Said Dianne, a student in the Ateneo: “For three months (the UAAP basketball season), I have to juggle watching the games with my studies. I also have to manage my time surfing the internet reading about the games and budgeting my allowance buying t-shirts and magazines. And there’s the matter of tickets that is always difficult. Being a fan is never easy.”
Ateneo Alumni Association President Mike Valencia agreed, “You wait for a year for three months of UAAP basketball and you’re fixated in that time. Even work takes a backseat. Then when the season is done, you ask yourself, ‘So what do I focus on now?’”
Collectively, league officials believe that the UAAP’s commercialization is good for the league since it drives fans, following, and hype. “The negative aspect here is when some sponsors ask for executions of their sponsorships in a particularly tasteless manner (e.g. a scantily clad woman holding up a sign in the audience telling people to call me....) because it cheapens the league,” decried our source at ABS-CBN.
The crass commercialism aside, the popularity of the league has seen it beset with allegations of game fixing, point shaving, and a win at all costs mentality that purportedly drives some schools.
“Success comes at a price and we have to be vigilant. One of our biggest concerns is scalping,” pointed out Palou. “That is why this year we have experimented by separating the other matches from the Ateneo-La Salle games and have the different playing days for the Final Four. The point is to create a bigger supply of tickets so more alumni and students can watch. That should drive down somewhat the prices of scalped tickets.”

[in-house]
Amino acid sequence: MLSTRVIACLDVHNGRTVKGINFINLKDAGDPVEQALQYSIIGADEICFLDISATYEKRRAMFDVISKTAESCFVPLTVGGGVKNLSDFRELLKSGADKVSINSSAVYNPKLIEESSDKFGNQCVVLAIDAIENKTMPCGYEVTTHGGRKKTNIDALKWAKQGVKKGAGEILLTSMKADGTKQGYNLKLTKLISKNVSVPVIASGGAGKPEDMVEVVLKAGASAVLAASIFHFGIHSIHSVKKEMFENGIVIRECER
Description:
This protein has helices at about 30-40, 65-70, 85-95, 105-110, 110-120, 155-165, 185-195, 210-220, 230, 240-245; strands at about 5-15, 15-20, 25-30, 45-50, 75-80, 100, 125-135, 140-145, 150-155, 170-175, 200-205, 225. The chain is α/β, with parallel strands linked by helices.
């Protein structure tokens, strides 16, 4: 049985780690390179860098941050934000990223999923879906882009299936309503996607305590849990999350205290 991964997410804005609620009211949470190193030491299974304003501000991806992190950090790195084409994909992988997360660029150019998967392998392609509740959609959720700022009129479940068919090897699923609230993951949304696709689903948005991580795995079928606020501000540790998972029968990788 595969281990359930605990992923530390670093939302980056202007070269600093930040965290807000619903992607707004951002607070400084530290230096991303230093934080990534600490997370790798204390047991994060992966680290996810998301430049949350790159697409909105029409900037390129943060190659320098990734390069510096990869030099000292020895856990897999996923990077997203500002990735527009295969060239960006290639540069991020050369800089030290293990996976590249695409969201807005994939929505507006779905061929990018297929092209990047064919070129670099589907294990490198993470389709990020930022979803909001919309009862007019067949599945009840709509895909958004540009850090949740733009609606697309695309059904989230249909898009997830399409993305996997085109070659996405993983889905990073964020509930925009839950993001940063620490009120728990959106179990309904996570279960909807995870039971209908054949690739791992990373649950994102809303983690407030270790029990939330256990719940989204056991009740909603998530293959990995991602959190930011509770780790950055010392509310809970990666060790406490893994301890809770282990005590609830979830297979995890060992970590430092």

As for game fixing and point shaving, the league is vigilant on these allegations but its officials confess that it’s hard to prove. Current UAAP Commissioner and former Ateneo Blue Eagles Head Coach Joe Lipa concurred, “You can’t see it but you can smell it.”
Apparently when it comes to Ateneo de Manila, people everywhere can smell opportunity and even a winner. The team – most especially the basketball team – has become a brand. “It’s also become an aspiration for many,” beamed Palou who once played for Ateneo winning an NCAA title way back in 1969.
He motioned to hold that thought. There was a phone call. It was from an athlete who was inquiring about trying out for the Blue Eagles. He grinned from ear to ear.